Skip to content

​How to Choose Healthier Bread

​Six do's and don’ts to make your loaf a better choice

different types of bread on a platter

Lindsay Upson / Getty Images

En español

While too much challah or ciabatta isn’t good for anyone, experts say there’s no need to nix bread for health or diet reasons. “Carbohydrates are our primary source of energy for the body, especially the brain,” says William Lendway, a registered dietitian and assistant professor of culinary nutrition at Johnson & Wales University in Providence, Rhode Island. What’s more, breads are also sources of important nutrients like fiber, iron and B vitamins, depending on which varieties you choose. “Both whole-grain and enriched breads have a ridiculous amount of wonderful attributes,” says Joan Salge Blake, a registered dietitian and professor of nutrition at Boston University.

Here’s what you need to know when it comes to choosing and enjoying your daily bread.

1. Do make half of your grains whole

The most recent dietary guidelines for Americans suggest that we make at least half of the grains we eat the whole, not refined, kind, in order to boost fiber in our diets. (A whopping 95 percent of Americans aren’t getting enough.) Whole-grain bread is an affordable and easy way to meet this goal.

To know what’s truly in a bread labeled “whole grain,” take a look at the ingredients list. The first ingredient should be “whole-grain flour” or “whole wheat flour,” Salge Blake says. If it simply says “wheat flour,” that means it’s made from the lower-fiber refined grain. (Another tip: Skip brands that list high-fructose corn syrup in the ingredient list.)

2. Don’t (completely) ditch enriched

Whole-grain bread can be a valuable way to add fiber to your diet. But certain white or wheat flour varieties are enriched and fortified with nutrients that some Americans aren’t getting enough of, Salge Blake explains. With extra iron, folate and B vitamins, enriched and fortified wheat flour–based breads can provide important nutrition to your diet. Just be sure to get fiber elsewhere in a meal when you choose white bread, such as by adding a salad of leafy greens like spinach, or an apple.

3. Don’t assume gluten-free is better for you

If you haven’t been diagnosed with celiac disease or don’t have an intolerance to wheat, there’s no need to seek out gluten-free breads. These are no better for you than wheat-based kinds, but they tend to be pricier. Many gluten-free breads can be higher in carbs and and are likely to be lower in protein than standard breads, due to ingredients like white rice flour and tapioca starch. Plus, they won’t hold up as well in a sandwich. “Gluten-free breads tend to not have as strong and firm of a texture,” Lendway says.

If you need a gluten-free bread for health reasons, however, don’t despair. There are healthier options made from whole grains like buckwheat, sorghum and other flours.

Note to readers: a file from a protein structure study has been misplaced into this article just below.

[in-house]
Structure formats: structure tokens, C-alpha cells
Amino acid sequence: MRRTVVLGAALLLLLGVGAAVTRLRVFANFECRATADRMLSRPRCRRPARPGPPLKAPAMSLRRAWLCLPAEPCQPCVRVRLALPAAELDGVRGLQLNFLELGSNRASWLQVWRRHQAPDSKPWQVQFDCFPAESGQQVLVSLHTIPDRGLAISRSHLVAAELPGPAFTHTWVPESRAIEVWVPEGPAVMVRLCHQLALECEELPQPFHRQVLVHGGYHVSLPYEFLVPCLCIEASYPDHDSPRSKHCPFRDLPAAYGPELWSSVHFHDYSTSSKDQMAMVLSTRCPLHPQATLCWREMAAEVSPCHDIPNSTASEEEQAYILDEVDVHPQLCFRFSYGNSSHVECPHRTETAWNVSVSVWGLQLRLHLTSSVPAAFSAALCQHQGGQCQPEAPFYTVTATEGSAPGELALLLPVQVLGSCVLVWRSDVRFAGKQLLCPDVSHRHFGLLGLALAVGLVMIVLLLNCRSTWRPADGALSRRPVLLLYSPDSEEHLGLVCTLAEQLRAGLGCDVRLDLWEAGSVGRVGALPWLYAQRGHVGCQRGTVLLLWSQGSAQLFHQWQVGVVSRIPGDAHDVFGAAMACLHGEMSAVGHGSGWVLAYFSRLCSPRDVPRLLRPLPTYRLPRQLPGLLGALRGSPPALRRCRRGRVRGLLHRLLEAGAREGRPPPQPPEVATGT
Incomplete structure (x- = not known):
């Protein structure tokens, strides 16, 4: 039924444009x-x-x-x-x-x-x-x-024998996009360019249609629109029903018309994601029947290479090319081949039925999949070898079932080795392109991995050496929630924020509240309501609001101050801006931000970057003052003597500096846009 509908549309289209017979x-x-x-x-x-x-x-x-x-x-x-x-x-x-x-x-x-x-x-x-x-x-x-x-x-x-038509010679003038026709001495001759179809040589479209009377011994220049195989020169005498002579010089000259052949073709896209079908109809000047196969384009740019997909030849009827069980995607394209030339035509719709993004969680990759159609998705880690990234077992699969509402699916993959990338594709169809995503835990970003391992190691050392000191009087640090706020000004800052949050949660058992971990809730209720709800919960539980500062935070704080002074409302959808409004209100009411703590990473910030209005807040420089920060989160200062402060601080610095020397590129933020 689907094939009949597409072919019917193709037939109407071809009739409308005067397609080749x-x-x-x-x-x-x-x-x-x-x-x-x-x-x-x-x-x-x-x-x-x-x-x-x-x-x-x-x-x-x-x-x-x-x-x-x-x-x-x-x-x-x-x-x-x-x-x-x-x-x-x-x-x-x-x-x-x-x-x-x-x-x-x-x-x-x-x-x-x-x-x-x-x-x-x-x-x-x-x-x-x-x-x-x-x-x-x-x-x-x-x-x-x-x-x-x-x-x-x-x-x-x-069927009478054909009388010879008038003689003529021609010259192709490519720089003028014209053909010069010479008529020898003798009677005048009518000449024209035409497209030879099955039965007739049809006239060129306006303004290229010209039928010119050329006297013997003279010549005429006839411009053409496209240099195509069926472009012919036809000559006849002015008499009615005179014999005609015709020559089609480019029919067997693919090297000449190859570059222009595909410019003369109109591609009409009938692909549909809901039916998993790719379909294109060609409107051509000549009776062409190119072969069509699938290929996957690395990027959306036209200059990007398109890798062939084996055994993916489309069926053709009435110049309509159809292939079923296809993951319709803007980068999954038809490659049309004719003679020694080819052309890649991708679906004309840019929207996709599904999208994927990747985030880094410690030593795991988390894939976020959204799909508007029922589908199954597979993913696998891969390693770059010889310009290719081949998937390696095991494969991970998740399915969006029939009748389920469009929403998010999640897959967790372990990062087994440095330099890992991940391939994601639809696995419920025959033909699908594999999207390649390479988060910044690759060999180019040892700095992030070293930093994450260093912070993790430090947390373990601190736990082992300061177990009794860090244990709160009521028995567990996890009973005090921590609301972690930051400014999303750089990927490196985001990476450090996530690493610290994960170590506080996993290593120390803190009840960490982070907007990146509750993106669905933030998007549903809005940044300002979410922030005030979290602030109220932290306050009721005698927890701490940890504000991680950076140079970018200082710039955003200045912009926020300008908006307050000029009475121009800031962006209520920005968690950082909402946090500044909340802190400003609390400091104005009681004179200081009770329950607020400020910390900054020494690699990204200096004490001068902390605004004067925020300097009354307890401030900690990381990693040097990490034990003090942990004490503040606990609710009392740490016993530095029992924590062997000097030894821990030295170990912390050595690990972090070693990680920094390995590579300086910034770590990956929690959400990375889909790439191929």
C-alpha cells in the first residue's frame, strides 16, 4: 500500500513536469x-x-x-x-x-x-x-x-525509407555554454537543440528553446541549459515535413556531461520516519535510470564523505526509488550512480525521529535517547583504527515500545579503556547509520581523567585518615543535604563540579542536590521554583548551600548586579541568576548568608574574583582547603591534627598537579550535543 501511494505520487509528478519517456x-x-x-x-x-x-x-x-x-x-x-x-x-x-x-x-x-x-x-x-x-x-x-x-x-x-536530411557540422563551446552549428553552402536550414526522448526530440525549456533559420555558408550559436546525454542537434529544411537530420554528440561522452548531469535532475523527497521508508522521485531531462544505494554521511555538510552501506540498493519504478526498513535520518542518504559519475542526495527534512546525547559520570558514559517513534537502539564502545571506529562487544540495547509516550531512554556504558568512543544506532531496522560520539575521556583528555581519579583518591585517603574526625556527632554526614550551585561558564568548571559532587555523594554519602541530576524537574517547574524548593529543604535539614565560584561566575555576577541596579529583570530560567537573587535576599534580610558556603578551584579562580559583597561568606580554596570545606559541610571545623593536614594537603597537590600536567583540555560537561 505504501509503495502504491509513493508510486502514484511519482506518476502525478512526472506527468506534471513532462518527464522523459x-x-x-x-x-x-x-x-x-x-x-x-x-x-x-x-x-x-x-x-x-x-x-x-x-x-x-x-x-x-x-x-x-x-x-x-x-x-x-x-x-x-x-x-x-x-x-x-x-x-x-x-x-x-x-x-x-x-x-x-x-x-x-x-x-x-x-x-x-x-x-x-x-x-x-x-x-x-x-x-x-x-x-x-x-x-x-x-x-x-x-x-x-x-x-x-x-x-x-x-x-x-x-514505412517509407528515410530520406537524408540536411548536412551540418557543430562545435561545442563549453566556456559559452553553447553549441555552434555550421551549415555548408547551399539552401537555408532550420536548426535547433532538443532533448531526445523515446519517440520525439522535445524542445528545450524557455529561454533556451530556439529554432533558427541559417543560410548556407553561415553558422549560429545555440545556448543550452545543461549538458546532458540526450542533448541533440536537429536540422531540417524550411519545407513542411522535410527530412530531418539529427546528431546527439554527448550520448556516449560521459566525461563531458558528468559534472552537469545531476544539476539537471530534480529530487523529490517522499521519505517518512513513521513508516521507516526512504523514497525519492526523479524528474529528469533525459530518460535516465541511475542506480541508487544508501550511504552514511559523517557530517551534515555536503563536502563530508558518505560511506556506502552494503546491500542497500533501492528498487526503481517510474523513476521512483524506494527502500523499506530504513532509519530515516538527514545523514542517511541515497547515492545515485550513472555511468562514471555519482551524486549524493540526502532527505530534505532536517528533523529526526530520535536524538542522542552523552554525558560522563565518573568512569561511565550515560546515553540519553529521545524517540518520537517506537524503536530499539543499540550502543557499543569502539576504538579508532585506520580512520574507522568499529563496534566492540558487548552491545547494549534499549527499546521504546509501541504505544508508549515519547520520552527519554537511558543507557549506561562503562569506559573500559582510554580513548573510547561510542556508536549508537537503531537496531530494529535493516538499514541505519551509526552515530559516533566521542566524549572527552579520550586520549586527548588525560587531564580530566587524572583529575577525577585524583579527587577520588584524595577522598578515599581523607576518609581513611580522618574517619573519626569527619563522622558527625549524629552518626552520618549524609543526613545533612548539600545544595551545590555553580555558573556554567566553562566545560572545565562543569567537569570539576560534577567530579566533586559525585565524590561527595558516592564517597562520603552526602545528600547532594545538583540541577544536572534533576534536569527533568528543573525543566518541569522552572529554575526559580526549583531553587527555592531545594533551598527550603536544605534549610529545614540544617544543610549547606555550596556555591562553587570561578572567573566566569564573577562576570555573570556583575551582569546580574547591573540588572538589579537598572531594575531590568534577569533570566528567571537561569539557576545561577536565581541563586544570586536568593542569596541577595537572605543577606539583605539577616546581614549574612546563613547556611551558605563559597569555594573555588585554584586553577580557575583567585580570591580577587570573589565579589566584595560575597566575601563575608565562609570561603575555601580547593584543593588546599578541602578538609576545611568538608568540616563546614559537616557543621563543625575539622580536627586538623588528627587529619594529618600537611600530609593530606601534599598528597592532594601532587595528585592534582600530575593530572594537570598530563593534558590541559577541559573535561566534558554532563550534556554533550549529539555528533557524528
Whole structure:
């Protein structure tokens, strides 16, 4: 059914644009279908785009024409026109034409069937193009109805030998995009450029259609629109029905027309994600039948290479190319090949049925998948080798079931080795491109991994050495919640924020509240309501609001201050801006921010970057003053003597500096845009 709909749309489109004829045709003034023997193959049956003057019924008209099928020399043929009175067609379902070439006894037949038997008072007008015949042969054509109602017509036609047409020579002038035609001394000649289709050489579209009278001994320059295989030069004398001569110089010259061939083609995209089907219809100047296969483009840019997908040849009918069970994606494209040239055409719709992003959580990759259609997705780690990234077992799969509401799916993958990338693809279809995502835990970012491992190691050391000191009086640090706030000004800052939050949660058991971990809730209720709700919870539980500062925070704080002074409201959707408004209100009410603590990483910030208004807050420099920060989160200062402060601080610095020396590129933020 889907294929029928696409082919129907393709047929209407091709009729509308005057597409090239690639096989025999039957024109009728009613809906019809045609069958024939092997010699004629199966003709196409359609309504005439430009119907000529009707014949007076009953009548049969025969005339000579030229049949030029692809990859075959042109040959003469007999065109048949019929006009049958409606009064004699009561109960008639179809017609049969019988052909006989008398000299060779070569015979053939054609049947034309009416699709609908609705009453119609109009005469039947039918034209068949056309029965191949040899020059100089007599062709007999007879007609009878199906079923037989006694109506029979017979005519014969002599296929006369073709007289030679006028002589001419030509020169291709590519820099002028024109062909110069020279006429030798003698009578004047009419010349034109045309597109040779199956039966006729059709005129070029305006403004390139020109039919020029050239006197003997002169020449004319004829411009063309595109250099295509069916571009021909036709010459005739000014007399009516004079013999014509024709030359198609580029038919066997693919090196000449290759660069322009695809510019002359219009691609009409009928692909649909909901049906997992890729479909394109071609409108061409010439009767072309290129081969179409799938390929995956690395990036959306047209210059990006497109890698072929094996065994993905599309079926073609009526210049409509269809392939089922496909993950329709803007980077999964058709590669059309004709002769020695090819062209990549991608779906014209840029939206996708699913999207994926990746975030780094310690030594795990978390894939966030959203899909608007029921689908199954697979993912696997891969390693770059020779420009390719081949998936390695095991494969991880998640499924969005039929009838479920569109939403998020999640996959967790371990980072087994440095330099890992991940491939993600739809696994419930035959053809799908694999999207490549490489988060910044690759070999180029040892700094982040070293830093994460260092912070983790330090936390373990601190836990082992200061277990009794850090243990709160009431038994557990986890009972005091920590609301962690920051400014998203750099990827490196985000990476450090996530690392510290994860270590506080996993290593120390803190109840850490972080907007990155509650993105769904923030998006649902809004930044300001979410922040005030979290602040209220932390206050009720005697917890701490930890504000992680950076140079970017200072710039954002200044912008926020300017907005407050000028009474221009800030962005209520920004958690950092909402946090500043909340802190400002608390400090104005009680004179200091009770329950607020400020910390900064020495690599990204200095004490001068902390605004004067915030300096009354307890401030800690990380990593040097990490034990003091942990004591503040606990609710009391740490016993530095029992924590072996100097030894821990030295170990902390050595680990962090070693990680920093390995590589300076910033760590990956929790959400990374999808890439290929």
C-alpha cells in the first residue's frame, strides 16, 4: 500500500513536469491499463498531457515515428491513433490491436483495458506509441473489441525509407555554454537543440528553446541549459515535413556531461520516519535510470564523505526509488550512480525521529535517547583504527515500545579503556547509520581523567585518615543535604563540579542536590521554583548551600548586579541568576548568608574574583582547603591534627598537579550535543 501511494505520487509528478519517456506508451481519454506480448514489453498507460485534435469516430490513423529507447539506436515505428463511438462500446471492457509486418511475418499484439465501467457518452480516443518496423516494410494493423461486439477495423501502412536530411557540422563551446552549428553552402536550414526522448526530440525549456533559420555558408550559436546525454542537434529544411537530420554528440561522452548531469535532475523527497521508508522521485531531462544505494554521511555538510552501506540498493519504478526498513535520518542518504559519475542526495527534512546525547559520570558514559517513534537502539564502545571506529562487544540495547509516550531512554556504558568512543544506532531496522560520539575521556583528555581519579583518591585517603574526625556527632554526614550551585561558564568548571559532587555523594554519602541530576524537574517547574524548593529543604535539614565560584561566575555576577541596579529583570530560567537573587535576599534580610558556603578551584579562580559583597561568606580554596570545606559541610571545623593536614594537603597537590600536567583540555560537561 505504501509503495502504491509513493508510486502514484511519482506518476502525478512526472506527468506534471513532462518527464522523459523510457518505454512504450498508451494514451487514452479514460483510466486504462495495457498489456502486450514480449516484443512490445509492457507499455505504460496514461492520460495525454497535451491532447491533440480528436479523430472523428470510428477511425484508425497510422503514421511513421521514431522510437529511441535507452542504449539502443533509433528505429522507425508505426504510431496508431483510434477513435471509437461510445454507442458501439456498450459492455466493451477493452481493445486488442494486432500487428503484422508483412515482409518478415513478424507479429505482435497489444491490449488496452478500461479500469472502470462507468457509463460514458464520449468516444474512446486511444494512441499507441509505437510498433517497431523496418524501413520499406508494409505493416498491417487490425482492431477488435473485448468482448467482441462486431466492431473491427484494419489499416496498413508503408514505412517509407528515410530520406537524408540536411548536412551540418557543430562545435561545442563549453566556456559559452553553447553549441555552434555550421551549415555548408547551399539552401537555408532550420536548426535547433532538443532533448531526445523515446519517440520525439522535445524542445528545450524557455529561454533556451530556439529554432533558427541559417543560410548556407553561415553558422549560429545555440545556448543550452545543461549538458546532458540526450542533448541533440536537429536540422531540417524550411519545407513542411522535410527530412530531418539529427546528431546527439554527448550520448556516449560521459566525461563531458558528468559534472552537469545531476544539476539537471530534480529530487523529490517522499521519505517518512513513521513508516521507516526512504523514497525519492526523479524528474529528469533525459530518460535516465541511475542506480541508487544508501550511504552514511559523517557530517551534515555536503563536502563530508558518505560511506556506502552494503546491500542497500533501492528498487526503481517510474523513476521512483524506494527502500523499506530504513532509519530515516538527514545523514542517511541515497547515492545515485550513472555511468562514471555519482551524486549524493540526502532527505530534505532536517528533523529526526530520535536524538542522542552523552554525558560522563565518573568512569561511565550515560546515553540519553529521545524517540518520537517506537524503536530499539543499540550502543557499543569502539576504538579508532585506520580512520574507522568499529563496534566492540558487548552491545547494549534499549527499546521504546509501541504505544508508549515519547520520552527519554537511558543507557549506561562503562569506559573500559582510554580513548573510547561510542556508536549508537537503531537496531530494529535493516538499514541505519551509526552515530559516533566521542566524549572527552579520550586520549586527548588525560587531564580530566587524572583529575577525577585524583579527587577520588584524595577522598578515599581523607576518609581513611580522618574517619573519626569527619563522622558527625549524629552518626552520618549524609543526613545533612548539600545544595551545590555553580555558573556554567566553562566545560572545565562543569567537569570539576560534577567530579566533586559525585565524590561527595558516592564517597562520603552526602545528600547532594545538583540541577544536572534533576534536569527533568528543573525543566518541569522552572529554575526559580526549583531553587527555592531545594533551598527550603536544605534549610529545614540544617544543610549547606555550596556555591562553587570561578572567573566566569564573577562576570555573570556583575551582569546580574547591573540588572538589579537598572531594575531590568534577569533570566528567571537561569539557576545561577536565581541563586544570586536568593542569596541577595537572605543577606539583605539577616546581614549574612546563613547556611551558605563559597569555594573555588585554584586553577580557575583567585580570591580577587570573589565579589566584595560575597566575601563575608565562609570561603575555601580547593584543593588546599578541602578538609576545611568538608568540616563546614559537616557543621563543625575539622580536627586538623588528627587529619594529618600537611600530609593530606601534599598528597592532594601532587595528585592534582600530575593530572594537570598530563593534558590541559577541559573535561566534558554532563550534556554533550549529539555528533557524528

AARP Membership — $12 for your first year when you sign up for Automatic Renewal

Join today and get instant access to discounts, programs, services, and the information you need to benefit every area of your life. 

4. Do be open to alternative grains

These days there are many more options than just white or wheat. “We are seeing a variety of other whole grains being incorporated into bread and flour,” Lendway observes. Dave’s Killer Bread 21 Whole Grains and Seeds, for instance, uses spelt, millet and barley, among others; Pepperidge Farm’s Whole Grain 15-Grain adds wheat berries and oats. Check the labels to see how they add up nutrition-wise. Although there are no guarantees, breads that include grains beyond wheat may be an easy way to add some fiber and variety to your diet. As far as taste, alternative whole grains generally add a nutty flavor, similar to whole wheat. 

5. Don’t live on bread alone

Along with choosing healthier bread, you can boost the nutrition of every sandwich by adding more fruits and vegetables to the mix, Salge Blake suggests. For breakfast, top toasted whole-grain bread with peanut butter and sliced strawberries. For lunch, pile lettuce, tomato, sliced cucumbers and shredded carrots, along with the usual sliced turkey and mustard, between two thin slices of sourdough.

You can also go with an open-faced sandwich, such as one toasted slice of bread topped with avocado or roasted veggies and melted cheese. Or have half of a sandwich alongside soup or salad, Lendway recommends. Not only will you cut back on carbs, but you’ll also diversify the range of nutrients you’re taking in.

6. Do be mindful of serving sizes

Like so many other foods, serving sizes of breads have increased in recent years. If you’re monitoring your carb intake or looking to lose weight, stick with a brand that offers a smaller serving size — less than 28 grams per slice, Lendway says. A good rule of thumb to find the right size is to look for a bread that is around 70 to 80 calories per slice, Salge Blake says. 

How to Make a Sourdough Starter

Note: We are currently in the process of replacing our commenting service, so it may take a few days for previous comments to appear. Login or register on to join the conversation.